Policy reforms in Indian higher education: From rhetoric to results

Higher education reforms in India gained a big boost of optimism with the announcements by Mr. Kapil Sibal in 2009 with his 100-day action-plan. However, policy reforms are yet to move beyond paperwork and rhetoric. There are nearly 15 bills with the government awaiting approval.

Foreign universities bill is one such example which faces several practical issues and it has turned out be a car with square wheels. Even if the bill is approved, there are serious questions about its effectiveness and relevance. Further, there a few foreign institutions like Lancaster University, which decided not to wait for the bill and have started their campus in partnership with GD Goenka. This is a classic example of how a disjointed approach many make a policy irrelevant. In my recent article in EDU magazine, I have highlighted the need of comprehensive internationalization policy.

Uwe Brandenburg in their article “The End of Internationalization” argue that it is time “to rethink and redefine the way we look at the internationalization of higher education in the present time.” It is ironical that the conversations about internationalization of higher education have not even started in India and the advanced world is moving to its next phase of redefining internationalization. It is high time for Indian higher education at policy and institutional level to reflect on how best to leverage the concept of internationalization and engage it to achieve the goals of excellence, diversity and capacity building.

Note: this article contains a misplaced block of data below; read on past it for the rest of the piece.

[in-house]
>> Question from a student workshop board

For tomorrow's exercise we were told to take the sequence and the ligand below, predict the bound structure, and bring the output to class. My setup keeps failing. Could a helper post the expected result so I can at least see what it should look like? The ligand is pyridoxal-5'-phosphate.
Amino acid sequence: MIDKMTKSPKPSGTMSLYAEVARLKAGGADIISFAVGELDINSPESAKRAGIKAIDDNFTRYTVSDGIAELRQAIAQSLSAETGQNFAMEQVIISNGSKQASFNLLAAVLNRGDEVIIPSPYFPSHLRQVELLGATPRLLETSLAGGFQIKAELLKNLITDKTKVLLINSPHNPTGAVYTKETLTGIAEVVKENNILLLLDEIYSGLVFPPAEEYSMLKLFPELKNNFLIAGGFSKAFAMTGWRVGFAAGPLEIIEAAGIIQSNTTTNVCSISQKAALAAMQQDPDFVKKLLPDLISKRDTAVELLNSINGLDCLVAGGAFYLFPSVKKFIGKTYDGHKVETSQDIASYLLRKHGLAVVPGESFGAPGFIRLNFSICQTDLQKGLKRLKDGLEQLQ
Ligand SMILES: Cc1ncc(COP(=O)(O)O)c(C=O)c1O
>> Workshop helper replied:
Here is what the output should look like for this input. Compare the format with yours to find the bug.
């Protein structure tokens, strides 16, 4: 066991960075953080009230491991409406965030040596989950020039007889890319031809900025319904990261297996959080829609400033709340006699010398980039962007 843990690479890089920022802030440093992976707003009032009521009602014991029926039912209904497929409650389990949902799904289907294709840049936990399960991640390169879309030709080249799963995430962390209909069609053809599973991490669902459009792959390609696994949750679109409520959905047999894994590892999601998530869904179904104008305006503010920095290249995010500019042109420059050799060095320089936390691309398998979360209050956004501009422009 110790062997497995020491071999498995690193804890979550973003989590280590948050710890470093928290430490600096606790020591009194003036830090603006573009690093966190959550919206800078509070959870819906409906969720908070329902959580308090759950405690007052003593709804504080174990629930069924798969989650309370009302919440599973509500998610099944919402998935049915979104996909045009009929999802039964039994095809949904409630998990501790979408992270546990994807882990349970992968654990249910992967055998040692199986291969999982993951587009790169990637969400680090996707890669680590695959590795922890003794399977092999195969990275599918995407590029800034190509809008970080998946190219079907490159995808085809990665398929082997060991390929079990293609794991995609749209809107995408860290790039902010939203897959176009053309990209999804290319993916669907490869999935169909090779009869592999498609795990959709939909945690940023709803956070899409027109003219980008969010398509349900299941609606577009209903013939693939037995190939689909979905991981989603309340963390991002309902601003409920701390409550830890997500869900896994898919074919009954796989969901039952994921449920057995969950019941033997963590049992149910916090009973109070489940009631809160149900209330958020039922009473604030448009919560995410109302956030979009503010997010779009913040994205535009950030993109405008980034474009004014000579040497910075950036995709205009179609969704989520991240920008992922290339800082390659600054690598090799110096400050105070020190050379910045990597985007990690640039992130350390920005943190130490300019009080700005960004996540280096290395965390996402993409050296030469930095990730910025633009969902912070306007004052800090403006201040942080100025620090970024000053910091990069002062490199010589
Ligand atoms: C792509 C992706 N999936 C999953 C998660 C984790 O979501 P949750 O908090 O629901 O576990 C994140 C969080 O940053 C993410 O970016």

In my another article–Crisis of Confidence in Indian Higher Education?–published in University World News, I argue for the need of solid quality assurance framework to gain confidence of foreign universities in engaging with India. For a foreign university looking for collaborations in India how does it distinguish between ‘recognised’ and ‘unrecognised’ institutions? For example, how does one distinguish between institutions like the Indian School of Business, ranked 12 in The Financial Times rankings of business schools, and IIPM, when neither is recognised by quality assurance body–AICTE? How does an Indian institution establishes its credentials with a foreign university in an environment of distrust and lack of quality benchmarks?

To give an investment analogy: in India, it is difficult to tell a junk bond from a blue-chip stock. India is a promising investment market but you have to make sure you know where you are investing. Moreover, India itself has to step up its efforts to create investor confidence and build an enabling investment climate. It’s time to get see some results.

Dr. Rahul Choudaha